Open Banking successes for Retail creates traction for SMEs & Corporates

A combination of competition from GAFAs and Fintechs and new regulations like PSD2 opened the gates to the new world of Open Banking. Retail customers benefited first. How can banks tap into the potential of their SME and Corporate clients?


Until now, the majority of European banks have shown a greater interest in Open Banking for Retail customers rather than Small and Medium-Sized Enterprises (SMEs) or Corporates. GAFAs have played an important role in the steering this trend because they have always been closer to the Retail segment.

Nevertheless, globally, 79% of banks planned in 2017 to invest significantly in Open Banking or Payment Services Directive (PSD2) related initiatives before the end of 2018. European banks have long struggled to serve the needs of SME customers while generating acceptable profits and Open Banking may provide an answer.

In an Accenture study focused on opportunities within SME banking in Europe, a third of SME clients expressed dissatisfaction with their bank. The study also showed that there is a huge, untapped potential in SME banking, with 20% of SMEs happy to pay an additional monthly fee for value-added services and 60% open for deeper engagements with their bank.

What's the trend in Belgium?

Belgium has followed the European trend and Open Banking use cases are more mature in the Retail segment, such as account aggregation, Payments & Banking services and finally housing services, which are slowly emerging.

Meanwhile, the number of SMEs in Belgium has increased by 28% in nine years with 550,000 enterprises recorded in 2016. Belgian banks are catching on to this potential. Examples include KBC Corporate banking signing a cooperation agreement with two Belgian Fintechs (Cashforce and BrightAnalytics) while ING ventures invested €7.5 million in the Fintech Cobase, helping international (commercial) customers to manage multiple bank accounts. Fintechs themselves are also beginning to target this segment and services such as ibanFirst allowing companies to better manage their international transactions are already offered on the Belgian market.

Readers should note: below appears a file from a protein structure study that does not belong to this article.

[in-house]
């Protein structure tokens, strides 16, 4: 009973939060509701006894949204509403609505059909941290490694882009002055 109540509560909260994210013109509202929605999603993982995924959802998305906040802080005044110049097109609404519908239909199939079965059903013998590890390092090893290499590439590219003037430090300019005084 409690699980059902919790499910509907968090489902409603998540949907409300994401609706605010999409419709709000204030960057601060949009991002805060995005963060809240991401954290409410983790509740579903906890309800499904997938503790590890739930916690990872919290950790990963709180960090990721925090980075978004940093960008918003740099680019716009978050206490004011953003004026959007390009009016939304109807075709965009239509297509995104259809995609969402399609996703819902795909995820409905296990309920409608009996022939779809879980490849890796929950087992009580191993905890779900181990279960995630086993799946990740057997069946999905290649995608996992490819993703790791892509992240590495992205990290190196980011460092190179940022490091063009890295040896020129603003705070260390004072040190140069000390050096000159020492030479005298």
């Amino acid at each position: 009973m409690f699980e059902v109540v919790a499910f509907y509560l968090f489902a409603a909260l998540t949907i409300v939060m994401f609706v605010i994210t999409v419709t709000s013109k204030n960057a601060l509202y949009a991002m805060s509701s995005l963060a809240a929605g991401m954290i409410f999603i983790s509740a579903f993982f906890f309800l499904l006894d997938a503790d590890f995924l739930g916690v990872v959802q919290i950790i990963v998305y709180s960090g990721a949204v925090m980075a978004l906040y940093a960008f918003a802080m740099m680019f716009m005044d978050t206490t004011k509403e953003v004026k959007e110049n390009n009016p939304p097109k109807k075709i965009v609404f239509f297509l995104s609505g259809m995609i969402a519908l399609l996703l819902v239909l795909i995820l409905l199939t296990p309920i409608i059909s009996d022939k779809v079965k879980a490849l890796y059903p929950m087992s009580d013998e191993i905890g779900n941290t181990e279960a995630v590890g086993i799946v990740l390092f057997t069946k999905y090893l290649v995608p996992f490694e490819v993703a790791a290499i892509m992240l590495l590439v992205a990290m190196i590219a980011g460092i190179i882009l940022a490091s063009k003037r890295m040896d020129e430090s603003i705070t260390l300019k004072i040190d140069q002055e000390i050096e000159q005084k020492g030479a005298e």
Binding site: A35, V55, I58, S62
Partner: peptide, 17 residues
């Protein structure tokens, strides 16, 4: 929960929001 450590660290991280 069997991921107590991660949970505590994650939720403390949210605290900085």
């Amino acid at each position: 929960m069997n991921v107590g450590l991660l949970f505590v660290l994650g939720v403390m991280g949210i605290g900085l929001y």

Rule #1: Understand the Open Banking needs of commercial customers!

When Accenture polled 660 bank customers for their take on Open Banking for the commercial sector, this revealed an immediate opportunity for banks to help their customers extend their reach and expand their ecosystem while at the same time improve their own revenue and market share. To make this happen, banks must excel at meeting and understanding the Open Banking needs of commercial customers better than their hungry competitors do.

There are clear differences between the expectations of SMEs and Corporates when it comes to size, budget, culture and capabilities. But the reasons for going down the Open Banking route are the same. Payments, cash management and finance are three common areas that could be most improved for SMEs and Corporates in partnership with their bank.

For example, Xero, offering cloud-based accounting software, helps SMEs establish new financial services using its open API. Cash flow and expense management are improved, without the need of any third-party tools. Customers are easily connected to trusted lenders, using the online market place and the growing app market helps them to be more productive. As Xero connects with more than 16,000 accounting and bookkeeping firms over +180 countries, it is a true example of an ecosystem that keeps on growing.

4 ways banks can use Open Banking innovation to their advantage for commercial customers

  • As explained above, the first rule of using Open Banking innovation is to gain a 360-degree overview of commercial clients and truly understand what added value SMEs and Corporates are looking for. Only then can banks develop the right products and give these customers access to data they could not have accessed before.
  • Secondly, monetize Application Programming Interfaces (APIs) through joint offering developments with platform providers and Fintechs.
  • Thirdly, create revenue-sharing ecosystems with Third Party Providers (TPPs) to boost network expansion and cross-selling opportunities.
  • Finally, offering banking as a platform (developing ecosystems with Fintechs and others) or as a service (using bespoke APIs to amplify the power of distribution and the ability to connect to multiple banks) will generate a network effect and bring cross-selling opportunities.

How Accenture supports banks in their end-to-end Open Banking journey

In Belgium & Luxembourg, Accenture is strongly engaged to support our banking clients in their open banking adoption helping key players define their strategy across lines of business and creating an actionable roadmap adapted to their specific business context. To bring inspiration and acceleration to these engagements we leverage our Innovation Architecture to organize co-creation workshops where our local clients can interact with global leaders, ventures and partners.

Want to know more about Accenture’s Open Banking offerings? Read the full report and don’t hesitate to contact Axel Mahy or Adrien Kirschfink for a chat!

Authors: Axel Mahy Adrien Kirschfink